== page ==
I lived in Vermont from the time I was twenty-one to twenty-three, after six months in Europe where I learned how to open my mind (only sometimes with, ahem, help), how to speak quietly in a cathedral, how to communicate love to the non-English speaking parents of friends you met in America. In Vermont, I learned how to live with people of all ages, and how to love people who were older than I was by more than a few years. I learned that when a man asks for or gives a massage, that’s definitely code. I learned that in Vermont, it’s not called soft-serve—it’s called a creamee.
In Vermont, thirty was the age of almost nobody. We were all in our twenties, except the much older people, who were in their forties and sixties and seventies. It seemed like we collectively skipped thirty, and I spent a lot of time thinking about how great life would be if I could go straight to being old, straight to retired. I felt like a working stiff, like the fun of life was through, because I had to earn money and I didn’t see an extended vacation in my future as payoff. I thought that if I could just get to seventy, but with all the benefits that those years are supposed to have, then I’d be the luckiest person alive. I’d have friends and a partner and a pet and a house with nice furniture, and maybe I’d have had some kind of career that didn’t carry the monotony of a regular job. But I didn’t want to actually experience that. I just wanted its results.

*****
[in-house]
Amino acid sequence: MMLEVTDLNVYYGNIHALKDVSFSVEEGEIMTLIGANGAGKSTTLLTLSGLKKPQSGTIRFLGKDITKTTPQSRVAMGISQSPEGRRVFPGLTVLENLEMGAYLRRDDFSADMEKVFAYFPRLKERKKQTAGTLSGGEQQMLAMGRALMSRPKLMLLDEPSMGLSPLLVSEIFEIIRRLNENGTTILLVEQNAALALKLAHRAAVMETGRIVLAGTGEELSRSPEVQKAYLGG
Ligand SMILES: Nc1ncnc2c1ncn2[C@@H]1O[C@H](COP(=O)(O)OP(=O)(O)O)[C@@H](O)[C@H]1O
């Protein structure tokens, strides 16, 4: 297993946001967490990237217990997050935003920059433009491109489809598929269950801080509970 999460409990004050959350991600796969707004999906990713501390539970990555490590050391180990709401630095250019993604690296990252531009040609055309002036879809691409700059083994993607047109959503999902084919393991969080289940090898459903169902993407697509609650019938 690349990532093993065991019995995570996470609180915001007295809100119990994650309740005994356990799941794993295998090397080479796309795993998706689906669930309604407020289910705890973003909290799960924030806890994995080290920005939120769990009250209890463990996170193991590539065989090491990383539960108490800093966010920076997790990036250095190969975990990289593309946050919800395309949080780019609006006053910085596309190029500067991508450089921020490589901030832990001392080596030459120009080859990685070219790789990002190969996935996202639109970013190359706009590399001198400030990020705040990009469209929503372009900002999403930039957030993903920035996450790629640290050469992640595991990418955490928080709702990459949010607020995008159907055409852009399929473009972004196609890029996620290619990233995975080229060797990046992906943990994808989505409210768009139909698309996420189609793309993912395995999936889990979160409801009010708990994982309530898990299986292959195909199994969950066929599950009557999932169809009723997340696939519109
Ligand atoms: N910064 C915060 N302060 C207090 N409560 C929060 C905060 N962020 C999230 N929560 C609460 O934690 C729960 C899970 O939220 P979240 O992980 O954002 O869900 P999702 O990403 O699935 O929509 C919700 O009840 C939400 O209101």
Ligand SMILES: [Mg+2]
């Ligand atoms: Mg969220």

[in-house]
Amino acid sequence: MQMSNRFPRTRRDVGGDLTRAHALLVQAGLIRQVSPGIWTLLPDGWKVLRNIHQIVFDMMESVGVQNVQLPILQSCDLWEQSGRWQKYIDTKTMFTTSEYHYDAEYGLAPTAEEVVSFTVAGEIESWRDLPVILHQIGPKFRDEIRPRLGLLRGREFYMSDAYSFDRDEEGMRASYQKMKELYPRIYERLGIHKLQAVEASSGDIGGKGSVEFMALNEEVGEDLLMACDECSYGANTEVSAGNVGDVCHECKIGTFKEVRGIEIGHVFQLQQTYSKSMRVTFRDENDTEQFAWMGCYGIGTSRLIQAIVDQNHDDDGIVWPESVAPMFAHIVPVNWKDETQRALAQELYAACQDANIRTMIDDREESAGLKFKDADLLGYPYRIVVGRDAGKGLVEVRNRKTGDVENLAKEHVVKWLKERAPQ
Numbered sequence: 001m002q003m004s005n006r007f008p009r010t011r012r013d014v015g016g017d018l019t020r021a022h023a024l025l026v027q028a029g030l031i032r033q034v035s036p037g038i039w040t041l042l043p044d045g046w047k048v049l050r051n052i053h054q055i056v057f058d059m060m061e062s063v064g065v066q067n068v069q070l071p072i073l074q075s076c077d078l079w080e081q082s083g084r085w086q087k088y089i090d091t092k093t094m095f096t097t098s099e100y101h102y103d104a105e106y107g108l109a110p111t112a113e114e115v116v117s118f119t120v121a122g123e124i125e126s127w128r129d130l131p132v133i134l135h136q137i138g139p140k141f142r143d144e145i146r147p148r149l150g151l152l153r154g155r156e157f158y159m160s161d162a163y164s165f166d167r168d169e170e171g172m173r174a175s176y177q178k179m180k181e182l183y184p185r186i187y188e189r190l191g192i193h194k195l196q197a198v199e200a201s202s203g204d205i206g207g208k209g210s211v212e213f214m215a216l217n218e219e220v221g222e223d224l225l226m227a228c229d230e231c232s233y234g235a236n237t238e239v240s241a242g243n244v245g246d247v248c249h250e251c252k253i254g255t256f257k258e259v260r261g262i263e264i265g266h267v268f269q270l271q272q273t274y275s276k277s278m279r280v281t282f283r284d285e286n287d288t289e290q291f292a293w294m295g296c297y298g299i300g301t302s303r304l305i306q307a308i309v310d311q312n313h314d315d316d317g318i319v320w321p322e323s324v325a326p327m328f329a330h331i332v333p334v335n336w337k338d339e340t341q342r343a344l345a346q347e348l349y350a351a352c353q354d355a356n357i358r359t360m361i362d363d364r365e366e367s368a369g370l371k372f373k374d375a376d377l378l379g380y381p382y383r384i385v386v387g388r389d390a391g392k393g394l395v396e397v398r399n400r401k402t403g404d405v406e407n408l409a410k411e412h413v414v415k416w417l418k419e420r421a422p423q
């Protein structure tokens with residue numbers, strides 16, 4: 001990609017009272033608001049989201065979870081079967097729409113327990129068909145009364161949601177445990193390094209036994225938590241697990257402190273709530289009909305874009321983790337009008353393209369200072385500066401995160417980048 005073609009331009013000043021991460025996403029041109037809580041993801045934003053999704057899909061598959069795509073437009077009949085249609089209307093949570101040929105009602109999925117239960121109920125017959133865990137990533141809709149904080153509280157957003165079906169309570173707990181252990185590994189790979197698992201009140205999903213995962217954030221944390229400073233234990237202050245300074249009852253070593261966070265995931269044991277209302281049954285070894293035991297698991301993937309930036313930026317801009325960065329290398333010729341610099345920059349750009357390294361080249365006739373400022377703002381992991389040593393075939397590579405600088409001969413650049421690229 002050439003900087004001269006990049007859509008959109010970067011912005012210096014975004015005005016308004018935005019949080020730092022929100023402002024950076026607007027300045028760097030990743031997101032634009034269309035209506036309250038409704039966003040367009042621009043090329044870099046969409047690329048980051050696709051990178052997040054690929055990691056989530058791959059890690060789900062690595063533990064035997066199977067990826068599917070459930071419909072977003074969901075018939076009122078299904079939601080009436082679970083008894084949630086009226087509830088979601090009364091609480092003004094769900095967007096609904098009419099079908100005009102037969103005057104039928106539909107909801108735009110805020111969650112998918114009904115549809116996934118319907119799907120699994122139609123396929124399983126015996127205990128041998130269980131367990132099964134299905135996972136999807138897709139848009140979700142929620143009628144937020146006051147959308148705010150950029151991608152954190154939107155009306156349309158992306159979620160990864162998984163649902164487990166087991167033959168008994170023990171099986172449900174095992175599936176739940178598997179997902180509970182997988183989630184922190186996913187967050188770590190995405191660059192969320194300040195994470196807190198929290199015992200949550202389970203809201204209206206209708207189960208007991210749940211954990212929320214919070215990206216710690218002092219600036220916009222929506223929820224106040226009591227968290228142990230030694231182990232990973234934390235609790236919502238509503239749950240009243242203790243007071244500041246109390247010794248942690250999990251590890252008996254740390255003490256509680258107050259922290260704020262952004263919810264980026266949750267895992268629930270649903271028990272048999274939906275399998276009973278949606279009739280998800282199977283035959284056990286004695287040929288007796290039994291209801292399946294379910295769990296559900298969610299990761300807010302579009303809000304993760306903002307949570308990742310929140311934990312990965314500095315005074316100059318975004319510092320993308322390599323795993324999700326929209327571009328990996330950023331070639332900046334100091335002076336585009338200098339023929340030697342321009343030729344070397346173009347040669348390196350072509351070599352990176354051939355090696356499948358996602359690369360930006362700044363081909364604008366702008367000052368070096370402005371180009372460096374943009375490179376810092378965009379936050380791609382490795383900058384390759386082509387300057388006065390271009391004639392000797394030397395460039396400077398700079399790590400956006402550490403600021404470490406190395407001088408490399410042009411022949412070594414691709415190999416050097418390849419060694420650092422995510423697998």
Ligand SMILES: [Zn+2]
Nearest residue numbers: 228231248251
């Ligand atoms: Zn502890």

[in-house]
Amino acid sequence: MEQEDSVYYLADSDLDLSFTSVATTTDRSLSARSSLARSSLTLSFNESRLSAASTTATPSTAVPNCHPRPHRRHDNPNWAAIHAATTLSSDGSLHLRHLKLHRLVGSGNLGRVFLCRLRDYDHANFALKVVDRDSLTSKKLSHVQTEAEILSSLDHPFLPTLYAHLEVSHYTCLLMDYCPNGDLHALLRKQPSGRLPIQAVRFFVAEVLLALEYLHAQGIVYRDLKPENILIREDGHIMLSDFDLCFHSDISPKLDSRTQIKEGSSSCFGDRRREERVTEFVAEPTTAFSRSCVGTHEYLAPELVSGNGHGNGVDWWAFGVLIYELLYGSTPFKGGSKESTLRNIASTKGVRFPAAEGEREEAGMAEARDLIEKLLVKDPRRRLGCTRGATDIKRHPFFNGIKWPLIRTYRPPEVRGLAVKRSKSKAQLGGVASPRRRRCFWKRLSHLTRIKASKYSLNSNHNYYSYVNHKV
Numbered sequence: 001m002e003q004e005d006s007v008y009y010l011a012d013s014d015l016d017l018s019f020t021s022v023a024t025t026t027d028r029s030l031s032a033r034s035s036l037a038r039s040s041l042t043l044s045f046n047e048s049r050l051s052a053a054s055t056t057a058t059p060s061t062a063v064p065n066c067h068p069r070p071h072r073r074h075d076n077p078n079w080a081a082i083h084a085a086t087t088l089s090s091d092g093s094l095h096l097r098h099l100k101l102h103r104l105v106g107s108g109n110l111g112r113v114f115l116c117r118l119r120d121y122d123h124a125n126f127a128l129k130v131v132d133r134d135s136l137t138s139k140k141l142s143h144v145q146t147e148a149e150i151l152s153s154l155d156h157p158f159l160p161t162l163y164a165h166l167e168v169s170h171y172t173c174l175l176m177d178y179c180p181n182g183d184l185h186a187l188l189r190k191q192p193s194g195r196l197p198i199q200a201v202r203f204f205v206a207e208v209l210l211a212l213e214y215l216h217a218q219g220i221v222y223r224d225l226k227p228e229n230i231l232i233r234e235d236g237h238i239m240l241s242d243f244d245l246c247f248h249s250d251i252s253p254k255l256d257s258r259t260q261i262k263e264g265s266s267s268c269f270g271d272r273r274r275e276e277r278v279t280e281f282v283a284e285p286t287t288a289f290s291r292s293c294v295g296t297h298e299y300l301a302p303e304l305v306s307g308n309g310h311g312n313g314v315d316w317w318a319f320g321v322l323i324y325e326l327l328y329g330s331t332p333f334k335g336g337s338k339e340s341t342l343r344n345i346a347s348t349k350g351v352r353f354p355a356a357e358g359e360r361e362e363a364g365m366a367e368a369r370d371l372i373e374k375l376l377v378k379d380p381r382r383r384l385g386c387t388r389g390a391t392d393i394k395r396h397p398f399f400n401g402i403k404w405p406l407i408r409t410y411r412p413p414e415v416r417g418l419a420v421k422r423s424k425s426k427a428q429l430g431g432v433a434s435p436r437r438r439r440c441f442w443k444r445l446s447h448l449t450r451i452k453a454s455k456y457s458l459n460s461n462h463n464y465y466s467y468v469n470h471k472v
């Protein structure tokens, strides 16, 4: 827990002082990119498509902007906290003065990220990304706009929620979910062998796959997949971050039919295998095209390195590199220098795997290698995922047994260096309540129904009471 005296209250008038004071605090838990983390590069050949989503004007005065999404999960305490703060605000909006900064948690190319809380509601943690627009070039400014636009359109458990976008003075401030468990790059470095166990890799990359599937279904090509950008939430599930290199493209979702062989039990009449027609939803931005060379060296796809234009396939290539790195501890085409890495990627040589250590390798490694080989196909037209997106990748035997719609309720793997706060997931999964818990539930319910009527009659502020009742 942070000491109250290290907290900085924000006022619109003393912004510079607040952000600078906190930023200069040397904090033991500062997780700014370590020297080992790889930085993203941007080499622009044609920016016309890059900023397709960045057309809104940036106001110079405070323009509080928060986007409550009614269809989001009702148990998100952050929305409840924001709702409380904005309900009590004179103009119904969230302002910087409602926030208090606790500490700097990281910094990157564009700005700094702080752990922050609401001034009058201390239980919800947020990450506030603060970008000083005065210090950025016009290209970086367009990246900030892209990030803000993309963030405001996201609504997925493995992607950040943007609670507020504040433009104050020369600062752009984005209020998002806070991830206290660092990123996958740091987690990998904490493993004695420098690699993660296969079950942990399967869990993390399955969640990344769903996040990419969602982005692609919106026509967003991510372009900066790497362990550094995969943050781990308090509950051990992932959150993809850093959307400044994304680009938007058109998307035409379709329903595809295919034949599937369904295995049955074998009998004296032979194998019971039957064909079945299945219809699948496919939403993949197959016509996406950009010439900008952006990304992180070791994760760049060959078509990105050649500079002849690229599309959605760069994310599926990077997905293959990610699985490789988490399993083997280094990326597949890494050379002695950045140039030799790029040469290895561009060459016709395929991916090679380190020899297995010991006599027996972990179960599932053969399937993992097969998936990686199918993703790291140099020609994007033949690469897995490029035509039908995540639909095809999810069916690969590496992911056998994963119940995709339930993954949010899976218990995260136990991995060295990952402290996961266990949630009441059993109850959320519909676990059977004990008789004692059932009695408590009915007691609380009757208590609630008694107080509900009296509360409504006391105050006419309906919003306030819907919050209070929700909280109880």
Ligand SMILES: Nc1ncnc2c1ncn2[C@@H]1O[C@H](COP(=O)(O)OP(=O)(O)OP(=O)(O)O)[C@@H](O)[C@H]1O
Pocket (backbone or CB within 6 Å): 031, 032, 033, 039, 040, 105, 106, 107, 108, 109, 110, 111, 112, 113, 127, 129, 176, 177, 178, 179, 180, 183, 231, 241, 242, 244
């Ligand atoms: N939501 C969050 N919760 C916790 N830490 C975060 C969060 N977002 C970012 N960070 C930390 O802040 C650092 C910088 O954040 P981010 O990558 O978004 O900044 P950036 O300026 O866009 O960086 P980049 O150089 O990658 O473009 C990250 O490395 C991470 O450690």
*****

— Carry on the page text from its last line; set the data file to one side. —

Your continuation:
I can see where I was coming from, then. I was feeling bad for myself, lonesome and unsure of my future, of what I really wanted to do. It was an aimless moment, a moment when I visited Montreal often, to go to concerts by myself at places like Club Soda and La Sala Rossa. Once, the lady at the border said this: “Why would you go to a show by yourself?” I said I didn’t have any friends, and she let me through. That wasn’t entirely true, but it often felt true. I had a hard time, in Vermont, because I was learning how to be a friend—how to invite people into my life and keep them there.